Thursday, December 23, 2010

The long history of the Royal Navy - the end?

The Binge Thinking History Podcast (BTHP) has told the history of the British Navy in nine installments. This week came out the last chapter, which takes the narrative through the 20th century. (feed)

It is called 1914 to the decline of empire and this surely covers both time and theme, however, within the story lies also the decline of navy and the rise of air force. Host Tony Cocks, in his familiar attractive narration, explains how the Royal Navy loses its grip on the waves, not only as the Empire recedes and the Americans take their place as hegemon. New technologies also require different tactics.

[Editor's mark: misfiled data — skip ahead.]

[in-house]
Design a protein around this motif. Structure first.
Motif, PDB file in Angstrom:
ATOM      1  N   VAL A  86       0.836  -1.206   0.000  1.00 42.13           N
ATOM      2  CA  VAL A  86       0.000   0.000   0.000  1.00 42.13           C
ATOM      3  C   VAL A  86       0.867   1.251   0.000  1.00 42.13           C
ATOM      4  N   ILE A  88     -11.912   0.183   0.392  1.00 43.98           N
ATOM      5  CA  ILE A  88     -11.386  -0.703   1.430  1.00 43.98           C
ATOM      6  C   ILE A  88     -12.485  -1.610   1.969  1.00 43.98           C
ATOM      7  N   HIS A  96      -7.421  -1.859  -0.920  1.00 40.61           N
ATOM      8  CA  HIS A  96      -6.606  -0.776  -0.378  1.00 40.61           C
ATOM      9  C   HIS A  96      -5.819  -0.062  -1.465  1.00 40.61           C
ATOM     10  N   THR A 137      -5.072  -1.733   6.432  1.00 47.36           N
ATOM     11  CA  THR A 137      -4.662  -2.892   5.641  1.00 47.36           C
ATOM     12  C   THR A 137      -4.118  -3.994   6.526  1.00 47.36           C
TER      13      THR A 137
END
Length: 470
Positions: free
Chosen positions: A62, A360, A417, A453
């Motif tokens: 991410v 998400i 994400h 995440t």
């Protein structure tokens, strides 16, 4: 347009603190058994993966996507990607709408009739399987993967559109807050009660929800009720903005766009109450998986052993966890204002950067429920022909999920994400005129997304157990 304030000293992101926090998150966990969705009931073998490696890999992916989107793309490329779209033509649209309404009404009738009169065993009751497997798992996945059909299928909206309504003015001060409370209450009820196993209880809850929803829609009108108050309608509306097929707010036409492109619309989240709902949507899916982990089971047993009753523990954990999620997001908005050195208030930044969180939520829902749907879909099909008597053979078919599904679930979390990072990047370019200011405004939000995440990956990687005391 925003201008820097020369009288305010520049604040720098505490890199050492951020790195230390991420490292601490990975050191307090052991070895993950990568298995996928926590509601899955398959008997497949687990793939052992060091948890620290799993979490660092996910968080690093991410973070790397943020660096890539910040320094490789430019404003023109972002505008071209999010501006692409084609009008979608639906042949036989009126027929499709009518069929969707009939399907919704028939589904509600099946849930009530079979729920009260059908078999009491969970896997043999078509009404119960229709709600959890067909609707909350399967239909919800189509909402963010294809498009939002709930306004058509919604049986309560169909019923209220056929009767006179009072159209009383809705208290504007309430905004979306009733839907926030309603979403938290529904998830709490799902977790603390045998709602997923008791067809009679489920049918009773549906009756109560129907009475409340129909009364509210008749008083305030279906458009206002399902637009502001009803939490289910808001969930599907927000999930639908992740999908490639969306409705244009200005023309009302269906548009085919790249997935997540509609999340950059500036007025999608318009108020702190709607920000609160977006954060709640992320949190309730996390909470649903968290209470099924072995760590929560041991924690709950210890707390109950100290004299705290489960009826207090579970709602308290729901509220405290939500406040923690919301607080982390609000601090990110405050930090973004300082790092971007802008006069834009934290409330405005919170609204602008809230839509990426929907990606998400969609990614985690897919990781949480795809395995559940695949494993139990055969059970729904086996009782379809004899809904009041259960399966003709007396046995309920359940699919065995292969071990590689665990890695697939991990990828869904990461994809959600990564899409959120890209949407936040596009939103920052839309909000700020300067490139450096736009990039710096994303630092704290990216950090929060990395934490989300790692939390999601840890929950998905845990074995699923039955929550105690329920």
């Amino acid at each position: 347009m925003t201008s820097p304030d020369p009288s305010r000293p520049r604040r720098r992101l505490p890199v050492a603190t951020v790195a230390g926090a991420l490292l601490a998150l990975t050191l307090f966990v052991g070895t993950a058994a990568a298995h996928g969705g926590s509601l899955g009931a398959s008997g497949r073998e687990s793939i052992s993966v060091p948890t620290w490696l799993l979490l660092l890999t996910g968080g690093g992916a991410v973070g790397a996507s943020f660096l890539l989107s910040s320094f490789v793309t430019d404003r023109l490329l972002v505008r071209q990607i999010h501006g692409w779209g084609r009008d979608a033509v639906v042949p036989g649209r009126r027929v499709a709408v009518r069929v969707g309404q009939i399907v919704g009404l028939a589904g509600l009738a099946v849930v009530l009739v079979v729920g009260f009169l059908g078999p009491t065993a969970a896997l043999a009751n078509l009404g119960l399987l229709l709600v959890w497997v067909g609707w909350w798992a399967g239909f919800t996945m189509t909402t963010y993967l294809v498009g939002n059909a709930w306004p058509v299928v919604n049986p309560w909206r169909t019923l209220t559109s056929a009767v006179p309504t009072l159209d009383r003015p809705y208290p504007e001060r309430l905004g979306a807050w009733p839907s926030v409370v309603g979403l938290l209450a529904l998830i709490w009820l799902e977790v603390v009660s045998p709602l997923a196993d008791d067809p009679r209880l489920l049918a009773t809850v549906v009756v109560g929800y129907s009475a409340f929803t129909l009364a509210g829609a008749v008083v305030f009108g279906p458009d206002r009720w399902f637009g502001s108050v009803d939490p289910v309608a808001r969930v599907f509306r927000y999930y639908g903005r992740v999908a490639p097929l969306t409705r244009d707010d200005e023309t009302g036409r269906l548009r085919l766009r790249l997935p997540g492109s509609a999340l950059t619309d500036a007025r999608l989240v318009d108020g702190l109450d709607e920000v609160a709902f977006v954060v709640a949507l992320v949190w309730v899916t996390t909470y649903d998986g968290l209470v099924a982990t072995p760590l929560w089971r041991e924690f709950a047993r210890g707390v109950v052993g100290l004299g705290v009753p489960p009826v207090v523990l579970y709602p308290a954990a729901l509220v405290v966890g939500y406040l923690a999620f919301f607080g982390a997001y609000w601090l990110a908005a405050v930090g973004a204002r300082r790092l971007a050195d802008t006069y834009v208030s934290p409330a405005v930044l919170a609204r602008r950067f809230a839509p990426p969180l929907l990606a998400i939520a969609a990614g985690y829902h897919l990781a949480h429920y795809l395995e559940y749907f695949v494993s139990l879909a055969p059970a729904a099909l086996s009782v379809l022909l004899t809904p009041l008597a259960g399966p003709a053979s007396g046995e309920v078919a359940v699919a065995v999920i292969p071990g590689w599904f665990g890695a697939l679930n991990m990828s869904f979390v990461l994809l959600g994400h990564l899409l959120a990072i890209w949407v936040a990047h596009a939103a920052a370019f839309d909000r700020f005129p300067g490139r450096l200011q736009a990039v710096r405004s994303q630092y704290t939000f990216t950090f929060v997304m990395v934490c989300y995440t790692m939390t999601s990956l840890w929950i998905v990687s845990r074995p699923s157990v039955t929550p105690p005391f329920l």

So far the history has been one of steadily larger ships, but with the advent of submarines, the Navy sees what it has seen through the years. Even if big battleships are powerful, sometimes it is more effective to have a number of small ships in stead of one biggie. Especially small and rapid ships give the dynamics a powerful navy needs. But then aircraft enter into the mix and this not only renders ships vulnerable from a new angle, it also reduces the navy's capacity to isolate harbors from trade. It is air force that will decide a hegemon's capacity to choke an opponent - no longer the navy.

More BTHP:
The Royal Navy vs. Napoleon and post-Napoleon,
James Cook and a famous mutiny,
The Royal Navy and the Seven Year War,
Britannia Rules the Waves,
Royal Navy.
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